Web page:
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Harry Bennett
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Fatype’s sans serif UCity Pro relates the struggles of the 1970s to the challenges of today


Fatype’s sans serif UCity Pro relates the struggles of the 1970s to the challenges of today
Fatype’s sans serif UCity Pro relates the struggles of the 1970s to the challenges of today
Fatype’s sans serif UCity Pro relates the struggles of the 1970s to the challenges of today
Fatype’s sans serif UCity Pro relates the struggles of the 1970s to the challenges of today
Fatype’s sans serif UCity Pro relates the struggles of the 1970s to the challenges of today

Swiss type foundry Fatype has released the geometric variable sans serif UCity Pro, a conceptual and thematic development on their U8 typeface, that further explores the notion of modernity – in contrast to U8’s examination of subway typography from 1920’s Berlin.

With the desire to complement the cities of today, UCity Pro replaces the simplicity and overt geometry of U8 with broken curves, cold character proportions and uncouth geometric architecture; taking initial inspiration from Lancia’s 1970 Stratos Zero concept car – a vehicle designed in the same year as Herb Lubalin and Tom Carnase’s ITC Avant Garde, whose construction, influence and reputation also contributes to the literal and thematic construction of UCity Pro. The 1970s era itself also contributes to UCity Pro’s design. With the decade facing similar struggles to those we face now, the subsequent popular culture that reacted to those challenges, and the aesthetic decisions within them, place a significant role; be it Apollo 11, the Monolith from Stanley Kubrick’s 1968 cinematic masterpiece 2001: A Space Odyssey, or the zealous silhouette of the Concord which first flew in the same year.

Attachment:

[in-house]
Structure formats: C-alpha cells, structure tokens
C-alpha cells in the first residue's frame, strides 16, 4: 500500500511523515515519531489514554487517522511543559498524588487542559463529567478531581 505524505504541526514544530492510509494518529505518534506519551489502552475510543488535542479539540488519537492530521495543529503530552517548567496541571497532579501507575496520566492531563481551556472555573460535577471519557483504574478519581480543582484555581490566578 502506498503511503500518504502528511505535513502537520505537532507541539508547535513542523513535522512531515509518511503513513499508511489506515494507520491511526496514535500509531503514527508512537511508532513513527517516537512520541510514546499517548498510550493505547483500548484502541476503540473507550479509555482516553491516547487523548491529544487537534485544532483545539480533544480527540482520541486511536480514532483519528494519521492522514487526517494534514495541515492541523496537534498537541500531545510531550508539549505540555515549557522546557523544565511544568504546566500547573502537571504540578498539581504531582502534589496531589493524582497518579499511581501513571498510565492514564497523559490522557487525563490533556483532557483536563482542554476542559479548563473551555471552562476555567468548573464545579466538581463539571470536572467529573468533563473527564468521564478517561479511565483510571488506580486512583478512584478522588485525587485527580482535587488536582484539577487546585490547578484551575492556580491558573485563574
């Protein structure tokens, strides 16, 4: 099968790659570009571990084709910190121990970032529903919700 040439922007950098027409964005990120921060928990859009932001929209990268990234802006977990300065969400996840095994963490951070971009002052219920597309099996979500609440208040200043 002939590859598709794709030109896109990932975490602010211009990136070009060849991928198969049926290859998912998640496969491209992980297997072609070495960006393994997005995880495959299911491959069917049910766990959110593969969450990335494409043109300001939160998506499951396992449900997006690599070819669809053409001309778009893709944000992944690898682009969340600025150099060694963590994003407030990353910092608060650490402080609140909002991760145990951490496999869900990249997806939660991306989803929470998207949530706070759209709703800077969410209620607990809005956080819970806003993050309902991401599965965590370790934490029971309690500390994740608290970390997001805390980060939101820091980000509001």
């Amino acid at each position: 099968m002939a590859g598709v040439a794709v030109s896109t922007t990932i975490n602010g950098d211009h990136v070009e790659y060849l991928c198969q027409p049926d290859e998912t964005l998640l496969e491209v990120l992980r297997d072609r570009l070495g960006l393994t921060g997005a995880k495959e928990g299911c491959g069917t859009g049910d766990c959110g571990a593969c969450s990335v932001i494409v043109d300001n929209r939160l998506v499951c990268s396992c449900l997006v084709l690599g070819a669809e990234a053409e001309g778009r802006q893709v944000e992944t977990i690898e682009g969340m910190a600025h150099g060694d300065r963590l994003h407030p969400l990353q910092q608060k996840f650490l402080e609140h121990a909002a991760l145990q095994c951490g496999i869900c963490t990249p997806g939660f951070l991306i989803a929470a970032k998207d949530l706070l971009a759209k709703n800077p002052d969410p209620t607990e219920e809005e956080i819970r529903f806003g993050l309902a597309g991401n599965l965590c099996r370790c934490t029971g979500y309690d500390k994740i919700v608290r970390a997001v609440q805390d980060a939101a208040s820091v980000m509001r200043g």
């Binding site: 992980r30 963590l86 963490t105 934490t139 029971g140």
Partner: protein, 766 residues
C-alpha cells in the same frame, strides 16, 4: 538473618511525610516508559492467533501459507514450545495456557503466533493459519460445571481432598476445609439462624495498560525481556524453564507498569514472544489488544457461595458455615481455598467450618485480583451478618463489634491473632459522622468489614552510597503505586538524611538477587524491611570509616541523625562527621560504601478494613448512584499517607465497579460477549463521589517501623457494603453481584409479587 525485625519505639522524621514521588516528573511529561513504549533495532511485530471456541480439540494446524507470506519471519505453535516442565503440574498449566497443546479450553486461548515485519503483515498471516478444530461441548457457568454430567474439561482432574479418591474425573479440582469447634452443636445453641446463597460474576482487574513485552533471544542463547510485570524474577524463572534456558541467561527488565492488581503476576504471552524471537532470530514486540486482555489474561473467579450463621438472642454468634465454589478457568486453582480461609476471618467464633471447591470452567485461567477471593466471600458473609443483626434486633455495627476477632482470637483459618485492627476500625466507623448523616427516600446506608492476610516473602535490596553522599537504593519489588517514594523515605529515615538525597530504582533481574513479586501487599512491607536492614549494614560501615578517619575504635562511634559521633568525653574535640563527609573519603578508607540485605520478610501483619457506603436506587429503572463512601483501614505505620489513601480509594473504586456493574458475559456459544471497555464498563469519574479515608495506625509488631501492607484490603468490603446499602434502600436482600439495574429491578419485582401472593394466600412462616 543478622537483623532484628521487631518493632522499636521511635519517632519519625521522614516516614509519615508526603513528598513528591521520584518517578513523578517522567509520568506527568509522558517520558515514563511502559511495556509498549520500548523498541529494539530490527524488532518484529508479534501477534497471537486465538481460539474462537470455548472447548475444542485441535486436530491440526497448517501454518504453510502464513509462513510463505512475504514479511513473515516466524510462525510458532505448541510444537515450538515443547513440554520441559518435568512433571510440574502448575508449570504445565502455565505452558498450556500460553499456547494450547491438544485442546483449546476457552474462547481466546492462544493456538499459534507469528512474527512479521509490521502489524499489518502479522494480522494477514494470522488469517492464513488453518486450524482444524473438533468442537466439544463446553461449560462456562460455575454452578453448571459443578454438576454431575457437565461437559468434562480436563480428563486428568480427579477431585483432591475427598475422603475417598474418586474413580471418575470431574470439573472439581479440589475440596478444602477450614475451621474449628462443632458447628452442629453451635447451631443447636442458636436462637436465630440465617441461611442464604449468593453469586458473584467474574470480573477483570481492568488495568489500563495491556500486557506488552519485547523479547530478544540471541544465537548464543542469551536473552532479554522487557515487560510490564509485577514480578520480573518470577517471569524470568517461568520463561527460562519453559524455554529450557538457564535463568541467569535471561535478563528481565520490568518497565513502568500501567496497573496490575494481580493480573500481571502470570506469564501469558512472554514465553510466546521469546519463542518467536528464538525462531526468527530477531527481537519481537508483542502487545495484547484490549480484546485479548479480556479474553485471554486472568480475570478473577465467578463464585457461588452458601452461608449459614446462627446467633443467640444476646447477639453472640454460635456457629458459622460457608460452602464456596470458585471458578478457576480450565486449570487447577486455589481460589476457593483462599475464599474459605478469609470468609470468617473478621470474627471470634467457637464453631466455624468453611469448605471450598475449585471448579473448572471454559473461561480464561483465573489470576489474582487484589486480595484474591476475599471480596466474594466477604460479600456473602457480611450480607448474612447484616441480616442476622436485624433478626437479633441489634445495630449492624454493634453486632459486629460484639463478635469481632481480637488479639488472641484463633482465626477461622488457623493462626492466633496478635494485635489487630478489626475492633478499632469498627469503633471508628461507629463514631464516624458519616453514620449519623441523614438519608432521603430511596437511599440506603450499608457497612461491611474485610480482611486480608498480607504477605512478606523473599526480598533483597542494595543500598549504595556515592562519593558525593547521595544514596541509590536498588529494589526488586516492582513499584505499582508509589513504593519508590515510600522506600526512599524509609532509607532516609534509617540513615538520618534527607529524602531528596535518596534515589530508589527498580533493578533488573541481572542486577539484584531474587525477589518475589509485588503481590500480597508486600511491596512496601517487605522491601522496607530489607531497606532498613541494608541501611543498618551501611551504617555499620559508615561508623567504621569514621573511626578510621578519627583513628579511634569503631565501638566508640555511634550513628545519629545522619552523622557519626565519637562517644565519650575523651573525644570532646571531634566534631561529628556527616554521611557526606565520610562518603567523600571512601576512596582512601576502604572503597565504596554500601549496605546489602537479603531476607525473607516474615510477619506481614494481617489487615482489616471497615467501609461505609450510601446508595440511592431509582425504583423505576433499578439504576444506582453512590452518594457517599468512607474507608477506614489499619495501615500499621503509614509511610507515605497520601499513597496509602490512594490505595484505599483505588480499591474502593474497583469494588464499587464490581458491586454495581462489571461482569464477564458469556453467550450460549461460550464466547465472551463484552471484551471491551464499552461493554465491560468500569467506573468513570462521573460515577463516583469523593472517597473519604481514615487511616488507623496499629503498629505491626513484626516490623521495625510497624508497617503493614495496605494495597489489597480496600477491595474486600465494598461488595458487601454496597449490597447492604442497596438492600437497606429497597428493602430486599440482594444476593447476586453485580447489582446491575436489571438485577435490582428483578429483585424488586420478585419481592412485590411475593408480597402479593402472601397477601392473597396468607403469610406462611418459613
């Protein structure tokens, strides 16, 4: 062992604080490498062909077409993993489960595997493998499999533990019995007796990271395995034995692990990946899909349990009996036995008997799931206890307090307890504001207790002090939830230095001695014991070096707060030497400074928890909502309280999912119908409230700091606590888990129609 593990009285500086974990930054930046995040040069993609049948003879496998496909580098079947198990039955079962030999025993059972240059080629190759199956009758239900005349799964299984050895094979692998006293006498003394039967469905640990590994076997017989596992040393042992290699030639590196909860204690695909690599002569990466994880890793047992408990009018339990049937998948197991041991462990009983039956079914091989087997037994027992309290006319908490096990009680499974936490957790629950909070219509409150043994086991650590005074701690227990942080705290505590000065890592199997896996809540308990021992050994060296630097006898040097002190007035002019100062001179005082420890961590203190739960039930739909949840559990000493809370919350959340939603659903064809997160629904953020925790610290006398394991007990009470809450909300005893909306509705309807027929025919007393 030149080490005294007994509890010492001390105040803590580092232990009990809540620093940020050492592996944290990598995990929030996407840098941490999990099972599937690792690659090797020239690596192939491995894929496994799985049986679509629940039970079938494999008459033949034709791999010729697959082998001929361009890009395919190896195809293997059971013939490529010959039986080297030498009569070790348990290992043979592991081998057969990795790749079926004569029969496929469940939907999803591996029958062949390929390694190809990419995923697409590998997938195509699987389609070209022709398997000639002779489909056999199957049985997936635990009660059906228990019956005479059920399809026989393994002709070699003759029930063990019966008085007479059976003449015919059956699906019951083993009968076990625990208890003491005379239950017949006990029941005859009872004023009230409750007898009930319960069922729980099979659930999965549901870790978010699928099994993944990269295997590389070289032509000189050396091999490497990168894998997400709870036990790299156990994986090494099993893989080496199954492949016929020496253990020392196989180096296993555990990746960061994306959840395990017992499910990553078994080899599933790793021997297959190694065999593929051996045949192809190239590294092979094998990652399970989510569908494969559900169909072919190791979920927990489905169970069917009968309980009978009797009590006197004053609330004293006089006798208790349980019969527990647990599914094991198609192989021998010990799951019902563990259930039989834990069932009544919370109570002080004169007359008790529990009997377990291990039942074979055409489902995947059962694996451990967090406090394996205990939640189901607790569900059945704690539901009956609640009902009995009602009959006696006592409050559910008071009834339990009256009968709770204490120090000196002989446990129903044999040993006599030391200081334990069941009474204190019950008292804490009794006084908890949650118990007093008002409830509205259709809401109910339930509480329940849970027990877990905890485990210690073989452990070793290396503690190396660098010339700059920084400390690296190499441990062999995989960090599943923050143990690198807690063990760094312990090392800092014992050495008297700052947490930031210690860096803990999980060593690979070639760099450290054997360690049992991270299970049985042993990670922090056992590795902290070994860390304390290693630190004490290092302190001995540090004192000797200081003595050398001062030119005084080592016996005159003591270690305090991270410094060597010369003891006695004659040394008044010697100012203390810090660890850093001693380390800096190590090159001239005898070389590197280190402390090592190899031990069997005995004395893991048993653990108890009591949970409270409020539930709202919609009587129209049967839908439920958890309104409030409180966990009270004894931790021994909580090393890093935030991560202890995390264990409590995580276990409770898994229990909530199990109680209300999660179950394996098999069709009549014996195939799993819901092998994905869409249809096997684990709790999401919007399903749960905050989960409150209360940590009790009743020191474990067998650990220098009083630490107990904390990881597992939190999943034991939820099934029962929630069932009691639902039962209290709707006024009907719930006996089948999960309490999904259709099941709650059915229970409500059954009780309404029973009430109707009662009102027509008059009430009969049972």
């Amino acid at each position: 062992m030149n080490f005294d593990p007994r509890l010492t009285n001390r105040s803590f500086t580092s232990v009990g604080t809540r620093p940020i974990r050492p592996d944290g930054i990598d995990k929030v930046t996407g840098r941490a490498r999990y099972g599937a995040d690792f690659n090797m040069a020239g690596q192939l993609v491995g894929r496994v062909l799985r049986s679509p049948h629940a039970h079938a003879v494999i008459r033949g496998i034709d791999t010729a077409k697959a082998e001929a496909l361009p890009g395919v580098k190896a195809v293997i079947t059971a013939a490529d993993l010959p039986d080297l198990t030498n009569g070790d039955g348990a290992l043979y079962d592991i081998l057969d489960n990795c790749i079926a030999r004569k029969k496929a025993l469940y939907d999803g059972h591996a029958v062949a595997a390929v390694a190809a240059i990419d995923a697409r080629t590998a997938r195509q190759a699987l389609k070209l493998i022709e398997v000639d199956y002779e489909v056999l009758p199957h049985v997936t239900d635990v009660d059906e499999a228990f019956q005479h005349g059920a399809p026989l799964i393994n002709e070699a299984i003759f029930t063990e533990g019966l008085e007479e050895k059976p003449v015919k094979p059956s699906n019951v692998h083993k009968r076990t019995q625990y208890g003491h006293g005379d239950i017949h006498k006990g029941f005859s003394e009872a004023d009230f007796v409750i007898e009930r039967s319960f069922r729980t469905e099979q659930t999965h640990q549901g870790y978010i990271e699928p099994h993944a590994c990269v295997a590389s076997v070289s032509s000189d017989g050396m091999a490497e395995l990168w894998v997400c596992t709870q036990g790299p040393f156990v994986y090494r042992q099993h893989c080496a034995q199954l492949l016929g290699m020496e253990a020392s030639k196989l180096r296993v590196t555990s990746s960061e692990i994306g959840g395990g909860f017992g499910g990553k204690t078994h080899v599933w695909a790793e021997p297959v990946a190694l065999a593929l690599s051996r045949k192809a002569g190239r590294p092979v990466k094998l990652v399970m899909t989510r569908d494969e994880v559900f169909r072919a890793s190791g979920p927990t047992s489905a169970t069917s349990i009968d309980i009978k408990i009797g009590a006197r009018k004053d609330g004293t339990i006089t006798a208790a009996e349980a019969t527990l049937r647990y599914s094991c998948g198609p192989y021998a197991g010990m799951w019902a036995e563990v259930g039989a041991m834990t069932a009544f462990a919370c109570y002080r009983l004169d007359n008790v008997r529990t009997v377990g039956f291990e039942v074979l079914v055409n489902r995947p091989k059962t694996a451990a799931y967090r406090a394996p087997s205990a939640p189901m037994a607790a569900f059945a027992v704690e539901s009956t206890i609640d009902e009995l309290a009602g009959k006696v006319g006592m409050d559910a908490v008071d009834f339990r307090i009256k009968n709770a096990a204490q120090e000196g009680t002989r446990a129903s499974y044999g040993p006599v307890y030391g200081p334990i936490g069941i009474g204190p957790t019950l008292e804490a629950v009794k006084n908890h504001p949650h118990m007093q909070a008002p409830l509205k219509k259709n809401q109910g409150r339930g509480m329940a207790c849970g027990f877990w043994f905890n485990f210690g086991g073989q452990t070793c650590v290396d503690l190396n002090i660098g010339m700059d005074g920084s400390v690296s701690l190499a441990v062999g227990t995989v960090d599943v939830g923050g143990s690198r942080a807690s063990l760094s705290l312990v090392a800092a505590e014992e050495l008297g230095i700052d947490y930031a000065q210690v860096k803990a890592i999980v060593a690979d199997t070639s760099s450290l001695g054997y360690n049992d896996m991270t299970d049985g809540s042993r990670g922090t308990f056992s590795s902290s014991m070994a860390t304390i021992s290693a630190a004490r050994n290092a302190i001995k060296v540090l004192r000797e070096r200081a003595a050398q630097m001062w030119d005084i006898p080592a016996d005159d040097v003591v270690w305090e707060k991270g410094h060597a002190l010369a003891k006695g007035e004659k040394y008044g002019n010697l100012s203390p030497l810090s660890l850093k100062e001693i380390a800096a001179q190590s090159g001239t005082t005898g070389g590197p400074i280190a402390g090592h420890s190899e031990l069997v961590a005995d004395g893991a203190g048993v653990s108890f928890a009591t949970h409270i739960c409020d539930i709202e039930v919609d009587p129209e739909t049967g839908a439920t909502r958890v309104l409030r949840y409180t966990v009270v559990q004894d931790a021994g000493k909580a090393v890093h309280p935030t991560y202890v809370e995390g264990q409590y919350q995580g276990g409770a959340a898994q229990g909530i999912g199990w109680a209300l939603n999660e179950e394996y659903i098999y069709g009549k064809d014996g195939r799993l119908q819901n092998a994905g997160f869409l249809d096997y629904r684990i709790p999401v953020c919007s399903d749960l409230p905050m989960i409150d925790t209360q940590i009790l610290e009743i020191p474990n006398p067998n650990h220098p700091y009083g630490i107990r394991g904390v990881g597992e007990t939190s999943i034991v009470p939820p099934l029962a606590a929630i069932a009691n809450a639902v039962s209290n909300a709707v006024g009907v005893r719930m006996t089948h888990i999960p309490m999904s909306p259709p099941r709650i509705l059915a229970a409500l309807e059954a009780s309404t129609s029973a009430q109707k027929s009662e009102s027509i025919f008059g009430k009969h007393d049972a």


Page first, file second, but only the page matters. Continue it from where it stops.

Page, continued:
Whether it is the harsh lines of the Stratos Zero and Concord, or perhaps the use of Gill Sans and Futura in 2001’s titles and credits, the influence of the period is obvious in UCity Pro’s dynamic construction – from its interrupted contours and sharp angles to its perpendicular, defined terminals. Distinctly modern, however, UCity Pro is built with variable technology; flush with 10 styles, OpenType features, weight and italic axes, Cyrillic support and, importantly, minimal data storage – in an effort to reduce the energy required to run it. With all this in mind, perhaps it may not be the solution to all the world’s problems, but UCity Pro does offer a remarkable tool for a designer to try their best.

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